On This Day in Aviation History
On This Day in Aviation History: June 17th
1948: United Airlines Flight 624, a Douglas DC-6 (NC37506) enroute to New York’s LaGuardia Airport from Chicago O’Hare, crashes near Aristes, Pennsylvania, killing all 39 passengers and 4 crewmembers. The crew had discharged the cargo hold’s carbon dioxide fire extinguishers in response to a fire alarm (which turned out to be false). Forgetting to open the relief valves, the CO2 apparently seeps into the cockpit and incapacitates the pilots.
1947: Pan Am launches the world’s first scheduled round-the-world flights using a Lockheed Constellation L-749, Clipper America. The route: San Francisco-Honolulu-Tokyo-Hong Kong-Bangkok-Manila-Kolkata-Delhi-Beirut-Istanbul-Frankfurt-London-New York.
1928: Amelia Earhart takes off from Trepassey Harbor, Newfoundland on the first nonstop transatlantic flight by a woman, onboard a Fokker F.VII. She is not the pilot, however, as most of the trip is flown via instruments, for which Earhart is not trained. Arriving in Bussy Port, Wales, 20 hours and 40 minutes later, Earhart says, “[Wilmer] Stultz did all the flying—had to. I was just baggage, like a sack of potatoes…maybe someday I’ll try it alone.”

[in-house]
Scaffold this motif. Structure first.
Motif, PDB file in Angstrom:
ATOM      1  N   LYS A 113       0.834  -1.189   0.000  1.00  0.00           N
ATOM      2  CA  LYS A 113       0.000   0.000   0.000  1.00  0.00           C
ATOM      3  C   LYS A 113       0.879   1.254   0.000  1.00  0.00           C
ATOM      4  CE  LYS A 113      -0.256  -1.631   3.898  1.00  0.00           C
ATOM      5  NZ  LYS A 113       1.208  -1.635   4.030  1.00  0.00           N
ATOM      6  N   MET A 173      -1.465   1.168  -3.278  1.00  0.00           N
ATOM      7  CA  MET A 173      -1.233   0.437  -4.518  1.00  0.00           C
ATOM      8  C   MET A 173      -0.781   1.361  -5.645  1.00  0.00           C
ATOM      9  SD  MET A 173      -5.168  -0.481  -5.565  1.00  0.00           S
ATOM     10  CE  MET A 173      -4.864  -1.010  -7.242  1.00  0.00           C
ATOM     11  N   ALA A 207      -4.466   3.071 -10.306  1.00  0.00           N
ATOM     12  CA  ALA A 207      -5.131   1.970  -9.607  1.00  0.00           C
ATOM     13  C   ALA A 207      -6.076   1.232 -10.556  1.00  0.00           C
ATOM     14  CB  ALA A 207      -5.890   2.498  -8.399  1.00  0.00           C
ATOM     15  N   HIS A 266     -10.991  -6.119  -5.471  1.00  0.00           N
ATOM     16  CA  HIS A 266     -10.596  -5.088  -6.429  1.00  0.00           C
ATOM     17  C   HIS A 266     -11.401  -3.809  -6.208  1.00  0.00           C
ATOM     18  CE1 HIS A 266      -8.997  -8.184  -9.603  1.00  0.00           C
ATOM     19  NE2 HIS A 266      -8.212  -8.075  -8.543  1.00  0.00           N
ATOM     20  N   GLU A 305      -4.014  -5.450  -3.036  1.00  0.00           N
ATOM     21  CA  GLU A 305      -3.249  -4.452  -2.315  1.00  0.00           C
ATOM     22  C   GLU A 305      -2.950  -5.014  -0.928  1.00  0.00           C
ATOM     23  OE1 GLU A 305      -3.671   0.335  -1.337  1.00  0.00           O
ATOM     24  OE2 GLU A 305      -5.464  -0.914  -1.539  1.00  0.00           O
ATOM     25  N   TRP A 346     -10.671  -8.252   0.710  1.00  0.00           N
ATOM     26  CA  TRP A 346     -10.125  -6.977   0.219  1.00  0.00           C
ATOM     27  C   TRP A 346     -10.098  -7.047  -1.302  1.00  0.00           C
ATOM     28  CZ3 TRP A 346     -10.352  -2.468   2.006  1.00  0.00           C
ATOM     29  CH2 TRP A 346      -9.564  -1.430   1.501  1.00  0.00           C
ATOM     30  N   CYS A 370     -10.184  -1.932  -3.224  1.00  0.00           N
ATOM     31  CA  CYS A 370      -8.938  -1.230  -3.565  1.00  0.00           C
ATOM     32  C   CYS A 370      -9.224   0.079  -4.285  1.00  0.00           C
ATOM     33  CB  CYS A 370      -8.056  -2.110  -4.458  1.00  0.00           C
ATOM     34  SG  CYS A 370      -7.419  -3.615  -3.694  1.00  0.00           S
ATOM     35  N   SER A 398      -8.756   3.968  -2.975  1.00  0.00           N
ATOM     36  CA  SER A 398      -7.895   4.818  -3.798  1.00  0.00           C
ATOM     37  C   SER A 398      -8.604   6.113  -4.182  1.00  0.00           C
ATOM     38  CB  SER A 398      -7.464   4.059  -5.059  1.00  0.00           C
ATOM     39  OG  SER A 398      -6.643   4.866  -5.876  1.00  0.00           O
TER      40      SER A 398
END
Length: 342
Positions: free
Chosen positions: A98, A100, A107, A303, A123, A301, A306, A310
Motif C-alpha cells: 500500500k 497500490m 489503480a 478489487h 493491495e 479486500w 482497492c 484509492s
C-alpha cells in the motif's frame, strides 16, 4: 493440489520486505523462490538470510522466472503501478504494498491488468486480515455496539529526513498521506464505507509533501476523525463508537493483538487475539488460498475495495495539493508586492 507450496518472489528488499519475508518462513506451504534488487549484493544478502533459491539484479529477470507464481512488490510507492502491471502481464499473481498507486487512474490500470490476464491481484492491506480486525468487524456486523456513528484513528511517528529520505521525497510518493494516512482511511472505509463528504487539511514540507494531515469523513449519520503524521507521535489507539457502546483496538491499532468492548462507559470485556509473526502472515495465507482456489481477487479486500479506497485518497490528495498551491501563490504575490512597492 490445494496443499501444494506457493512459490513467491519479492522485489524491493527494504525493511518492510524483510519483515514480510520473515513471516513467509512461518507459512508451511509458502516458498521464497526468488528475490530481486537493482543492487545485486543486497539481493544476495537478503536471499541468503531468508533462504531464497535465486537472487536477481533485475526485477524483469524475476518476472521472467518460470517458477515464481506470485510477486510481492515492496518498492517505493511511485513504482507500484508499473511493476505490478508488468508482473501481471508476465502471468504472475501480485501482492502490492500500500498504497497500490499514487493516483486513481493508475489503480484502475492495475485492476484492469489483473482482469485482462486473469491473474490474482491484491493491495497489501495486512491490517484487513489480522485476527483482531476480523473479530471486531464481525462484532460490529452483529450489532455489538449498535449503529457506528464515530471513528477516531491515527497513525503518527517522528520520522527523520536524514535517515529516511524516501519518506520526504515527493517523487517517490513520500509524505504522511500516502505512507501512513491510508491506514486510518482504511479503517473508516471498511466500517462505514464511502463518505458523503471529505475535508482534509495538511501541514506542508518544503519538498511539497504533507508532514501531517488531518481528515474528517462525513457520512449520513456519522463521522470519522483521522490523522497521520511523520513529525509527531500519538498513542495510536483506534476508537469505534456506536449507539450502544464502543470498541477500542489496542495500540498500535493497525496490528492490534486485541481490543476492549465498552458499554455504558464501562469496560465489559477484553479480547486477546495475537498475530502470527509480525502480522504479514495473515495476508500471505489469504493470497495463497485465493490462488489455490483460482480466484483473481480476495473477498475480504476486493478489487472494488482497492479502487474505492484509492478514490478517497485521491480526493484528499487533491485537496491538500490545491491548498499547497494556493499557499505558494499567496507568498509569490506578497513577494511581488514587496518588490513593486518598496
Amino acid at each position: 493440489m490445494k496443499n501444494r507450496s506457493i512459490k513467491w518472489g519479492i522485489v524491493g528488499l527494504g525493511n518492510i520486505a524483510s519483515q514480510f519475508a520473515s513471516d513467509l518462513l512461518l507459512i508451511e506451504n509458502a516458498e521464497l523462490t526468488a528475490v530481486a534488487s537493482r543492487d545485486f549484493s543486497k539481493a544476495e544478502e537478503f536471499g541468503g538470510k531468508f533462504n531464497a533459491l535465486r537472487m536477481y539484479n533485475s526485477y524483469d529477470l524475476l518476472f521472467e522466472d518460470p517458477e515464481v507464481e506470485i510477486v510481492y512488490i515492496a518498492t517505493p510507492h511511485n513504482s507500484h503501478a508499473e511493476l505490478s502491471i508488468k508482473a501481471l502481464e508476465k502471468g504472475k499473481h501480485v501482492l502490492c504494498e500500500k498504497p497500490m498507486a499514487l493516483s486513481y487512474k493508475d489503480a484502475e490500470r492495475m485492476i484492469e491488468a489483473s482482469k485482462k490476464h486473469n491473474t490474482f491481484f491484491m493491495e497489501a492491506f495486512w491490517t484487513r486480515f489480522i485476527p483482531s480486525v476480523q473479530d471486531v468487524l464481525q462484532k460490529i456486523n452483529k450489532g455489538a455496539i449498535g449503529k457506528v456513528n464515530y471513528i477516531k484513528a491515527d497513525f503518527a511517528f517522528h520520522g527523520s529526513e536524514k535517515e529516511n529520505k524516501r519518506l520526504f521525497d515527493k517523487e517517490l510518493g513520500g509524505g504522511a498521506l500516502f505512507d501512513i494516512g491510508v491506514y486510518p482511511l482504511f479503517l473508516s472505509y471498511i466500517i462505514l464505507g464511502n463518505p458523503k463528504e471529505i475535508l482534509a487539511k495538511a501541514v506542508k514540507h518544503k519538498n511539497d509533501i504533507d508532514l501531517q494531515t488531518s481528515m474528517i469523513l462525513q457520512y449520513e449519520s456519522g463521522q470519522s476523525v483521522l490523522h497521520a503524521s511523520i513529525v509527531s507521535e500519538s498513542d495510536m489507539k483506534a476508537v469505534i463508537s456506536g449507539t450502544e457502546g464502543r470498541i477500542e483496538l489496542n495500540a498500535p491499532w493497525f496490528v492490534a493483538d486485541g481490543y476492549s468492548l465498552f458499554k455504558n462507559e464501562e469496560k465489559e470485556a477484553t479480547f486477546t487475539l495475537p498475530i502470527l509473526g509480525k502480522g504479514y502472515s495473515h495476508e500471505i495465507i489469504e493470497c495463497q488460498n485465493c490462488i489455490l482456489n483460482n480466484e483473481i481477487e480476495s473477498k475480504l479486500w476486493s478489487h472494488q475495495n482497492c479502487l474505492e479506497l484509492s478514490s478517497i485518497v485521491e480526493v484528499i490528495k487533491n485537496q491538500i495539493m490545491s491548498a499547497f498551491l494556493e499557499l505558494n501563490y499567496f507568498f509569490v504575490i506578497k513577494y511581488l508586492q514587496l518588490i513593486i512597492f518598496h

1916: French pilot Jean Navarre, the country’s first flying ace, is shot down and wounded, ending his career with 12 kills.
1911: The Aurel Vlaicu nr. 1, a plane developed by Romanian aircraft pioneer Aurel Vlaicu, makes its maiden flight. Bucharest’s main airport is today named after Vlaicu.